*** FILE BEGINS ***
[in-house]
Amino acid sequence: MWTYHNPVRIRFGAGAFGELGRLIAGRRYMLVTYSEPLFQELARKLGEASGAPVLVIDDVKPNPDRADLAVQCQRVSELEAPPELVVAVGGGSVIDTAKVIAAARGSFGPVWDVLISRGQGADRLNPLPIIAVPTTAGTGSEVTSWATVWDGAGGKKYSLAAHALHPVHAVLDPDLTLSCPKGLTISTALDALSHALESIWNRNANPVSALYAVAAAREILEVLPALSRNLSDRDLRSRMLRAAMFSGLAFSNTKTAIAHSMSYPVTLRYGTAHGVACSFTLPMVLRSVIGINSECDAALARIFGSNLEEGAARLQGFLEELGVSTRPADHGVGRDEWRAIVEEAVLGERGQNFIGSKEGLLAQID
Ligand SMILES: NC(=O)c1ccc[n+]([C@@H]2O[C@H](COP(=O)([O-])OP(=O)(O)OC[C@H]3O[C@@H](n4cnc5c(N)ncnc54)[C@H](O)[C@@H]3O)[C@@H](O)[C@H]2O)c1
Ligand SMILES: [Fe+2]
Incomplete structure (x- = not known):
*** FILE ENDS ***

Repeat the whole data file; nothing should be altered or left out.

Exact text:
[in-house]
Amino acid sequence: MWTYHNPVRIRFGAGAFGELGRLIAGRRYMLVTYSEPLFQELARKLGEASGAPVLVIDDVKPNPDRADLAVQCQRVSELEAPPELVVAVGGGSVIDTAKVIAAARGSFGPVWDVLISRGQGADRLNPLPIIAVPTTAGTGSEVTSWATVWDGAGGKKYSLAAHALHPVHAVLDPDLTLSCPKGLTISTALDALSHALESIWNRNANPVSALYAVAAAREILEVLPALSRNLSDRDLRSRMLRAAMFSGLAFSNTKTAIAHSMSYPVTLRYGTAHGVACSFTLPMVLRSVIGINSECDAALARIFGSNLEEGAARLQGFLEELGVSTRPADHGVGRDEWRAIVEEAVLGERGQNFIGSKEGLLAQID
Ligand SMILES: NC(=O)c1ccc[n+]([C@@H]2O[C@H](COP(=O)([O-])OP(=O)(O)OC[C@H]3O[C@@H](n4cnc5c(N)ncnc54)[C@H](O)[C@@H]3O)[C@@H](O)[C@H]2O)c1
Ligand SMILES: [Fe+2]
Incomplete structure (x- = not known):